Playstation Plus Update: Online Save Backup

PlayStation Plus logo
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This was something I was hoping would happen for quite some time. I lost all of my saves when our PS3 broke just as I was transferring out data across to our new one, as we knew the original was on its last legs. A service like this would have been great for me back then.

Even now I would this. The problem is that I’m not a plus member, my brother is. He probably wouldn’t benefit as much as me from this service. He doesn’t play a lot of single player games. Most of the games he plays are online and save data remotely anyway.

All of the Plus content except anything transferred to PSP can be played on other accounts on the same PS3 as a plus member. Therefore, it hardly seems worth it for me to pay a £40 subscription just to be able to play minis and PSOne classics on my PSP (when I can play them on PS3 already if I wanted to), back up my saves and have a gold plus next to my PSN name.

Not only this, but the save backup service is very low tech. In a perfect product, you would expect it to automatically upload the updated save to the cloud after every play session ends, and always keep the most recent version synced between the cloud and the system itself. Maybe it could even keep a backup of previous versions so that you could revert to them if your current save gets corrupted. It doesn’t do any of these things, and just allows you to manually upload each save individually, similar to how I used to transfer my assignment documents between home and college using either email or a USB stick.

Those things wouldn’t be easy to add in to an existing product like the PS3 so there’s no real argument to be made. I don’t understand however why there isn’t an option to select multiple saves and upload them in batches as opposed to one at a time. It seems too time consuming and not streamlined enough.

All things considered, this is a nice addition to Playstation Plus. It doesn’t cost any extra and the service was already a fairly good deal before this update, especially if you never downloaded a lot of PSN games before. I’m not sure what they could do to make me want to pay for the service. I would assume quite a lot considering that I can already play the content my brother is paying for, but I’m sure there’s something cool they could do to tempt me. I just can’t think of what it would entail.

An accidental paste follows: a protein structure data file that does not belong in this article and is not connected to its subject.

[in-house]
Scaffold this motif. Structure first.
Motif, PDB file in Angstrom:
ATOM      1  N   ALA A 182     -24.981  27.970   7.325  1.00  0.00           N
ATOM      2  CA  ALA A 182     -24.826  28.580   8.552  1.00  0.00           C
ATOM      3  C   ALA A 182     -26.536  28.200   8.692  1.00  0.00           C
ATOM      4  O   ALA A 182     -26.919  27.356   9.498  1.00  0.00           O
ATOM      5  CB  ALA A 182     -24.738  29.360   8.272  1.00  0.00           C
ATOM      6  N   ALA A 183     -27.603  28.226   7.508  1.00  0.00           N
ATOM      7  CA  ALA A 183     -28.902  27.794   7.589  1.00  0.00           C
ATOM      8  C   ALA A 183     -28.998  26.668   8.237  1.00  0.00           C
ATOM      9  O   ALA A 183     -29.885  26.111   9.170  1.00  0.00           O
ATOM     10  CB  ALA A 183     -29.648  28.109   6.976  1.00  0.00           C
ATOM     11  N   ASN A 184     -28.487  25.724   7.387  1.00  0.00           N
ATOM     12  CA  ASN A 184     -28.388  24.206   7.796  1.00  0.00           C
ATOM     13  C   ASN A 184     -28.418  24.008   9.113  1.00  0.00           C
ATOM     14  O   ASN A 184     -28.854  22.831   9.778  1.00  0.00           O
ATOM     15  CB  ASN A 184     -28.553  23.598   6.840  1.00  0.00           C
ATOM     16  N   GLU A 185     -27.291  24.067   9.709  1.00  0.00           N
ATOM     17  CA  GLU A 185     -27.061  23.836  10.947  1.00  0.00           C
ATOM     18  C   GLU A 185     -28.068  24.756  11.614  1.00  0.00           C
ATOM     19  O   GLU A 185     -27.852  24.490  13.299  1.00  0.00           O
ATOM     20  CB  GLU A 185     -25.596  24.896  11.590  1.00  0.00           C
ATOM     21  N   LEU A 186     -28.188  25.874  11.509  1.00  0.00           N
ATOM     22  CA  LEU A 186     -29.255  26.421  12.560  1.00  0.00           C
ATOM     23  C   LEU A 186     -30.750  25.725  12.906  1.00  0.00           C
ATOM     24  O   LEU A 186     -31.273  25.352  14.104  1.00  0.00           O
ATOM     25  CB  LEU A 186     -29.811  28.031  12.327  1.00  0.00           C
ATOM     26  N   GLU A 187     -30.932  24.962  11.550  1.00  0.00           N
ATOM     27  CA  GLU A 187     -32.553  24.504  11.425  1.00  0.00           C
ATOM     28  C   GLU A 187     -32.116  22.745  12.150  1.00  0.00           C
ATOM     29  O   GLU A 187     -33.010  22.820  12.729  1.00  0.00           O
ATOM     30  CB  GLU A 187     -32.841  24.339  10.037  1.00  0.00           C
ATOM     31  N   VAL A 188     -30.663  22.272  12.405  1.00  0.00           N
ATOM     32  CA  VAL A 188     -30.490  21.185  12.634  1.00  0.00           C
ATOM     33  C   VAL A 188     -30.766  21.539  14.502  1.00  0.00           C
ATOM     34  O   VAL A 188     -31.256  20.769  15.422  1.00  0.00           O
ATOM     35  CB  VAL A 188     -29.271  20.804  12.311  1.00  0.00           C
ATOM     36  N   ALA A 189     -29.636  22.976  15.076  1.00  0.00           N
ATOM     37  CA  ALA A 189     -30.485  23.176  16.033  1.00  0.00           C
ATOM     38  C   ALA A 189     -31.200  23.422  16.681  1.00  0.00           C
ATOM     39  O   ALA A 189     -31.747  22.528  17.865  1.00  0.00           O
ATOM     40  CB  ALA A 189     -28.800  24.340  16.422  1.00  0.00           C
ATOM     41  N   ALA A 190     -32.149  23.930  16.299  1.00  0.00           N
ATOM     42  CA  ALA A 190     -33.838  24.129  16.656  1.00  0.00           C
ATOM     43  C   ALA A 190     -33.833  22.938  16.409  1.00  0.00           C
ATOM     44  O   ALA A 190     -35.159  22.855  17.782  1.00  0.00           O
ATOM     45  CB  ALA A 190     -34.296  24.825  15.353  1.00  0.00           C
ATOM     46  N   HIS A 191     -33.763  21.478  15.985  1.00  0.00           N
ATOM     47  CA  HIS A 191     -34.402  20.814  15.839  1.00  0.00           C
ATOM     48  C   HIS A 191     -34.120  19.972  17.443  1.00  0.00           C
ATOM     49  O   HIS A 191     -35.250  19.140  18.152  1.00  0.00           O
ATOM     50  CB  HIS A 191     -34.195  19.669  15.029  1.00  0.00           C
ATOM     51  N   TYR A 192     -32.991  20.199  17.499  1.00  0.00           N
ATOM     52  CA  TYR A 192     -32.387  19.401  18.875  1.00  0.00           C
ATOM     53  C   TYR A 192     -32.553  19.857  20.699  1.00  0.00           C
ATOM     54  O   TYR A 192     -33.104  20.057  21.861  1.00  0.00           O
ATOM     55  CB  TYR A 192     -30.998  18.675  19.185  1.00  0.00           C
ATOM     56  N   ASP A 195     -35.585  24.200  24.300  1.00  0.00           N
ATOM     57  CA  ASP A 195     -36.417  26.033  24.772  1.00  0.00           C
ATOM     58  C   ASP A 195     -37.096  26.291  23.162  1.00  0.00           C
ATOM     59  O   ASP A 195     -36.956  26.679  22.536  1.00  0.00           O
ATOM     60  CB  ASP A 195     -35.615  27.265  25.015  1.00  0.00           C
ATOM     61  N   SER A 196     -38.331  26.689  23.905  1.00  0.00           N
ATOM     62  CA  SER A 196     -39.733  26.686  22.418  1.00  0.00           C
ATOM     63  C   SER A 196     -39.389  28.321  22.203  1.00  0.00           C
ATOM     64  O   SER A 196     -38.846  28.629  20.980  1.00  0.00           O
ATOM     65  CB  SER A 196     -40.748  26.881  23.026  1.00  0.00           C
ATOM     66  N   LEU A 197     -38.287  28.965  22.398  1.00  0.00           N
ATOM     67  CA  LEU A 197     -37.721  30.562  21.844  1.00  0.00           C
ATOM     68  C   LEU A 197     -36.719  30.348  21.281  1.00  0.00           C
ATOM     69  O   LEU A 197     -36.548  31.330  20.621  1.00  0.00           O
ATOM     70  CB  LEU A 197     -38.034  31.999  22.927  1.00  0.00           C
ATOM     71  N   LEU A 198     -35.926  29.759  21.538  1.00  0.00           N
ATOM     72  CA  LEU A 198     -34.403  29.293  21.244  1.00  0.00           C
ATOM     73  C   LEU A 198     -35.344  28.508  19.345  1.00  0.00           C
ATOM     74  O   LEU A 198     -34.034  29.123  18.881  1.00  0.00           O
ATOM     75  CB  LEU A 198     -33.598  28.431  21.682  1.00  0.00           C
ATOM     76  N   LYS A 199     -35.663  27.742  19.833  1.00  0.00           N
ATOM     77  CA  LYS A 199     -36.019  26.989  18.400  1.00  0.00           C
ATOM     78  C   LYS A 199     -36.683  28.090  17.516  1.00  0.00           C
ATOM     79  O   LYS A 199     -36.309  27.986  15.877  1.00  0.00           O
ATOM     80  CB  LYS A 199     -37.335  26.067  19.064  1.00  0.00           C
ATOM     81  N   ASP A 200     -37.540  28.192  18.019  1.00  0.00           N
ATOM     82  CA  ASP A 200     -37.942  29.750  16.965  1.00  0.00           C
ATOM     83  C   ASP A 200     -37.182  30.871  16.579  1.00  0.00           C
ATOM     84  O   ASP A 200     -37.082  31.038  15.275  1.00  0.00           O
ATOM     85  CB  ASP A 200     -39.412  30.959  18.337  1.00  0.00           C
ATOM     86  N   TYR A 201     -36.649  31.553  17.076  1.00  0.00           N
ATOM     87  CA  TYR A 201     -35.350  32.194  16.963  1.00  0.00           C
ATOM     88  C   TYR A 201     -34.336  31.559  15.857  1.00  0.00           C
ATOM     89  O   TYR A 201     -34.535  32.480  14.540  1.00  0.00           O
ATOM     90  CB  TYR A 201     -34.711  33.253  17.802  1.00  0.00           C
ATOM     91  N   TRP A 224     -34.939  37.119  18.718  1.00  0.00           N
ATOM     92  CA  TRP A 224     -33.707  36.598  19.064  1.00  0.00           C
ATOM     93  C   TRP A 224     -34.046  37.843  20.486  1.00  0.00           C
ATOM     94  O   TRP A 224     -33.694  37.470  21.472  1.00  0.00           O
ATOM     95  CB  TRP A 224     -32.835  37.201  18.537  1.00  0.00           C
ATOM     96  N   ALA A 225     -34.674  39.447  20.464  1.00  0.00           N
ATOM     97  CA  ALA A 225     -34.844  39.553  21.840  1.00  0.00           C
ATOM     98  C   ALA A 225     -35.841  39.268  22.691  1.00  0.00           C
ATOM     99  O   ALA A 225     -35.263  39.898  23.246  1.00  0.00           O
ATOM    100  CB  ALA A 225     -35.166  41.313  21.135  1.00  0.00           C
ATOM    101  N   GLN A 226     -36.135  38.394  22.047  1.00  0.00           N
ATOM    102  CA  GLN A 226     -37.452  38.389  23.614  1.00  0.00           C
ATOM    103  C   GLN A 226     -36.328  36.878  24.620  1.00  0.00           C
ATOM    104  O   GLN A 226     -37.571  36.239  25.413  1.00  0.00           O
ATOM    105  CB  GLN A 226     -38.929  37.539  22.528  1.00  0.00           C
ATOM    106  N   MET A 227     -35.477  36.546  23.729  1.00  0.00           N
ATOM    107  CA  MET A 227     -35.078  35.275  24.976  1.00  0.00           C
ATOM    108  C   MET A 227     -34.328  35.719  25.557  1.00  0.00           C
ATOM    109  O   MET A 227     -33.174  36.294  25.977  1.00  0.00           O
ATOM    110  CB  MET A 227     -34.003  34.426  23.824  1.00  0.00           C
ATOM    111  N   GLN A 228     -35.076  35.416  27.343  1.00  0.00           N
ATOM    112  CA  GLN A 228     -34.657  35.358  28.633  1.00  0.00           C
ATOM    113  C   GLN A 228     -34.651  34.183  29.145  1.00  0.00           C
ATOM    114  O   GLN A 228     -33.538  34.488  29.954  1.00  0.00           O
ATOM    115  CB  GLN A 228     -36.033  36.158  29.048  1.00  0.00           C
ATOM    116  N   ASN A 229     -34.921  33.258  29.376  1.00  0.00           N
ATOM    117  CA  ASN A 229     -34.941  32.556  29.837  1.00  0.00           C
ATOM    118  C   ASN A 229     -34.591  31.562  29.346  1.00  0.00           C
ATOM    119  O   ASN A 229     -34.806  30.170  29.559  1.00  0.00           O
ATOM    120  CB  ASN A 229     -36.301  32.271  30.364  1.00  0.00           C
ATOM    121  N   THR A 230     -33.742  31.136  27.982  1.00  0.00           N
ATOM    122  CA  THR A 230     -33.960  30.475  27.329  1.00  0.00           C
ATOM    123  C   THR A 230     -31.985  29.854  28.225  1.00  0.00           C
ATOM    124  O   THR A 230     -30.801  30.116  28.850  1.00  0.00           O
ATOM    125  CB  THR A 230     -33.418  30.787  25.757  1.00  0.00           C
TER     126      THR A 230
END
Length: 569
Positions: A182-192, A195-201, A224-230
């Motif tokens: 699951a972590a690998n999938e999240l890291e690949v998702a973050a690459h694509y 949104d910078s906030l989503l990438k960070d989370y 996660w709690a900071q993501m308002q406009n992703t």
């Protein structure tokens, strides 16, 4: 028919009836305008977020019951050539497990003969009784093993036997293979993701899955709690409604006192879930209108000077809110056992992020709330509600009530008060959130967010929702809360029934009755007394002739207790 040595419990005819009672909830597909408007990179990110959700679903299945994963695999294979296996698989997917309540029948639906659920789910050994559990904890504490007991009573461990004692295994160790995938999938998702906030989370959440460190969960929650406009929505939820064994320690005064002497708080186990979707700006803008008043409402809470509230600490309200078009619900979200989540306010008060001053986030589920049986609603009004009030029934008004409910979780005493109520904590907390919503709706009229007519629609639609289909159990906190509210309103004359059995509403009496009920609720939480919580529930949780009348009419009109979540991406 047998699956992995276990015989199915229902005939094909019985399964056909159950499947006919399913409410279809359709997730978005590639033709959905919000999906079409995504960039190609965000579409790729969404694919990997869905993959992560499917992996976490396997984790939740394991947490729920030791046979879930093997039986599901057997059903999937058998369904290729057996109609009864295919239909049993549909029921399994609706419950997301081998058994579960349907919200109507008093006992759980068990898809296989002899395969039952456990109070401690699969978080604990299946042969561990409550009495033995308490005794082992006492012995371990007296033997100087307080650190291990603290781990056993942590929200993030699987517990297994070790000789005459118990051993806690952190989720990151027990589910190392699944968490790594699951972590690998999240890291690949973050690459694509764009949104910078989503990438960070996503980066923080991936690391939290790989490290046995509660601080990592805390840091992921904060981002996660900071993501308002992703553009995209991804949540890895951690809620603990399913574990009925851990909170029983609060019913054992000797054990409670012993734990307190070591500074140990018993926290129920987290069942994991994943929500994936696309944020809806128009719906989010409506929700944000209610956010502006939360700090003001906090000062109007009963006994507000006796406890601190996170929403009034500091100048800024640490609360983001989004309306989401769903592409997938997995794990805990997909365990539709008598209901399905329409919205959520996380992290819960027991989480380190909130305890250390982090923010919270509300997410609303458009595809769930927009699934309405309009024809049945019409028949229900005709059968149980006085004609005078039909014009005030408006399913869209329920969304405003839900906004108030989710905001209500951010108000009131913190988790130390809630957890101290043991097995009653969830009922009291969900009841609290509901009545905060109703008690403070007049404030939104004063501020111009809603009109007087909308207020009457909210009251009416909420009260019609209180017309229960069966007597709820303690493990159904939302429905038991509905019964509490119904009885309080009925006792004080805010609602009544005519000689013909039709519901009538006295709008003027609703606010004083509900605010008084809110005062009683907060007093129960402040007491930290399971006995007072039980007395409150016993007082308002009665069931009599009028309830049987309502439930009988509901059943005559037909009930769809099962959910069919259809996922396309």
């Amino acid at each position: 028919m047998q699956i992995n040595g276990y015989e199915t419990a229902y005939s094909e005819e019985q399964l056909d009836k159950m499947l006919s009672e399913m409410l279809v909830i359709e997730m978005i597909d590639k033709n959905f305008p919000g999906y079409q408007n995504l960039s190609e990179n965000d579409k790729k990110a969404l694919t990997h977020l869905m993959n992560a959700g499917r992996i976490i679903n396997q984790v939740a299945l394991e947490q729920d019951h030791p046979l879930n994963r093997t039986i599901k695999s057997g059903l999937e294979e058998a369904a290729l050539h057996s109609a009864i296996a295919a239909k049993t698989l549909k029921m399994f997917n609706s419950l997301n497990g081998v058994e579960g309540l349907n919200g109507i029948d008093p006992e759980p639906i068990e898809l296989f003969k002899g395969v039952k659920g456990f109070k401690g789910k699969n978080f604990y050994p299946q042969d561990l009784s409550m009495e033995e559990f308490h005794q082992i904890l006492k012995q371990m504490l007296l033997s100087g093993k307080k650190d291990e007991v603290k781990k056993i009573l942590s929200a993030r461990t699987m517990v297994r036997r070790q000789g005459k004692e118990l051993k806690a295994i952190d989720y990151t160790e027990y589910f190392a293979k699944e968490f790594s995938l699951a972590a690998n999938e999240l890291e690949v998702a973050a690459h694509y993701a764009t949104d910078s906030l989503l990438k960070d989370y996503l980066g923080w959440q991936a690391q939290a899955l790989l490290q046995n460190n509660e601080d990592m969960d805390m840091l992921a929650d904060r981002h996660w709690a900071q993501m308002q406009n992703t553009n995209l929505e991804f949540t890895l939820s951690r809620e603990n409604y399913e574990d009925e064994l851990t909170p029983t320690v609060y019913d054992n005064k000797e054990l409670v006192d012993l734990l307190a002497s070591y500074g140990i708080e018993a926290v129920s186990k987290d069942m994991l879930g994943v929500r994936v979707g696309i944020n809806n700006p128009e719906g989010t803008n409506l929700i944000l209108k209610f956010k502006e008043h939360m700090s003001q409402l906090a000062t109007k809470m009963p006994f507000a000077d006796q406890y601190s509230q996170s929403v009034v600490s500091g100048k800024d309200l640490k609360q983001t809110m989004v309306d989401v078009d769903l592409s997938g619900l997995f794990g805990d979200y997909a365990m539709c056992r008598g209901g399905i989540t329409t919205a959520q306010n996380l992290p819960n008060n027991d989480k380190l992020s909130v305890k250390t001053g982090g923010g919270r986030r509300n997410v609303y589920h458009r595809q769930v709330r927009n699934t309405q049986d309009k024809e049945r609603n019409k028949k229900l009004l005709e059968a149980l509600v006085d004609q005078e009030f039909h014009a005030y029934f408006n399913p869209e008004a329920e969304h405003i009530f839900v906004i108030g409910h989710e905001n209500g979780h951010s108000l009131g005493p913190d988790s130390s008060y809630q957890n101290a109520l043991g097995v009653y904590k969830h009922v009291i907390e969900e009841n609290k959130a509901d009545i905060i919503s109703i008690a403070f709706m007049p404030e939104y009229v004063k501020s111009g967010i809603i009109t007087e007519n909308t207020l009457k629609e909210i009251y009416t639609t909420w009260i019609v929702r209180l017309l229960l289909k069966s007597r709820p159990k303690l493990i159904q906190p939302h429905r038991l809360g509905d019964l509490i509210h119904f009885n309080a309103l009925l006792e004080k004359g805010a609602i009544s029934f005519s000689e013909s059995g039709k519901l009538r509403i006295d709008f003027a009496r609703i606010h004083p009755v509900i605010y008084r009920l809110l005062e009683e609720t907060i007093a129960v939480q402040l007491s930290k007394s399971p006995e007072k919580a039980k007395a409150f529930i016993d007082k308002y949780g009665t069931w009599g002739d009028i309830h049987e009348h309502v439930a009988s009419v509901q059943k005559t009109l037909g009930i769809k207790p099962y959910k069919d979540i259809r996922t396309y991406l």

F1 2010 Game Review

F1 2010 is an F1 game which will blow you away if you’re a fan of the sport and a fan of racing games. It’s been a long time coming as there hasn’t been an F1 game in HD since Championship Edition for PS3 back in 2006, but it’s been worth the wait.

When I first played it, I was a bit sceptical at the handling being a bit too sensitive as I was spinning out quite a lot and was having to use the flashback feature often. I’m happy to say that it was a combination of diving in too quickly, as well as the first track being the Bahrain GP, which this year updated its layout. I’ve never played this layout before of course so it didn’t help. As a quick aside, I absolutely hate this new layout and am so glad they’re going back to the original next year.

Once I got the hang of the controls and got to racing on tracks I had learnt on the Wii game last year I started to have an absolute blast. I love the sense of speed and the intense feeling of being on the edge of your seat when you know that it is possible to make a mistake and spin the car. The Wii version never had that. There are many other things that F1 2009 didn’t have. One of which was HD graphics. I played last years game and thought it looked pretty decent, but playing this game for the first time really reminded me how far behind the Wii’s graphics are by comparison. This game is incredible to behold. When you play each track and each car for the first time, and often after many times, you can’t help but admire it.

The career mode in F1 2010 takes up the entire menu, as the paddock, complete with your motor-home of the team you’re currently driving for is the menu. It’s done in a similar style to Dirt 2, another Codemasters game that I love. You can choose to partake in either 3, 5 or 7 seasons, and the teams that are open to you at the beginning change according to that preference. For example, if you choose 3 years, you’ll be able to pick from teams such as Williams and Force India as well as the 3 new teams, but if you choose 7 years, then you’ll be stuck with either Virgin, Lotus, or Hispania. I chose the full 7 years and started with Virgin Racing.